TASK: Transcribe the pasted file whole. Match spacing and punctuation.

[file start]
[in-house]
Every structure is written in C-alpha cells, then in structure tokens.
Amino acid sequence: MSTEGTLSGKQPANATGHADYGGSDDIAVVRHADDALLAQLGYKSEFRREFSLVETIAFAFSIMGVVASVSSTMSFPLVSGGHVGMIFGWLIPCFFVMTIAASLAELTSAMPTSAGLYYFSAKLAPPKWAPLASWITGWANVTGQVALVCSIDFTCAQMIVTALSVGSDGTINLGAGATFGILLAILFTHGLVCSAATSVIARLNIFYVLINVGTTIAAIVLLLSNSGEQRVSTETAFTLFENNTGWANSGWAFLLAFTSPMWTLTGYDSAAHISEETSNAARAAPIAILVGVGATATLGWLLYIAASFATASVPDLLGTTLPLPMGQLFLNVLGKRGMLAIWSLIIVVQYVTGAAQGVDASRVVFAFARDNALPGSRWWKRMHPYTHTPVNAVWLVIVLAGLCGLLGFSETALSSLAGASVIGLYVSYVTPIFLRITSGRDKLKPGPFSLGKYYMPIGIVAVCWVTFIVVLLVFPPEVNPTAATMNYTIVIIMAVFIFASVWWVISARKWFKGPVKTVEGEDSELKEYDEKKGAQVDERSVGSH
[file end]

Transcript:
[in-house]
Every structure is written in C-alpha cells, then in structure tokens.
Amino acid sequence: MSTEGTLSGKQPANATGHADYGGSDDIAVVRHADDALLAQLGYKSEFRREFSLVETIAFAFSIMGVVASVSSTMSFPLVSGGHVGMIFGWLIPCFFVMTIAASLAELTSAMPTSAGLYYFSAKLAPPKWAPLASWITGWANVTGQVALVCSIDFTCAQMIVTALSVGSDGTINLGAGATFGILLAILFTHGLVCSAATSVIARLNIFYVLINVGTTIAAIVLLLSNSGEQRVSTETAFTLFENNTGWANSGWAFLLAFTSPMWTLTGYDSAAHISEETSNAARAAPIAILVGVGATATLGWLLYIAASFATASVPDLLGTTLPLPMGQLFLNVLGKRGMLAIWSLIIVVQYVTGAAQGVDASRVVFAFARDNALPGSRWWKRMHPYTHTPVNAVWLVIVLAGLCGLLGFSETALSSLAGASVIGLYVSYVTPIFLRITSGRDKLKPGPFSLGKYYMPIGIVAVCWVTFIVVLLVFPPEVNPTAATMNYTIVIIMAVFIFASVWWVISARKWFKGPVKTVEGEDSELKEYDEKKGAQVDERSVGSH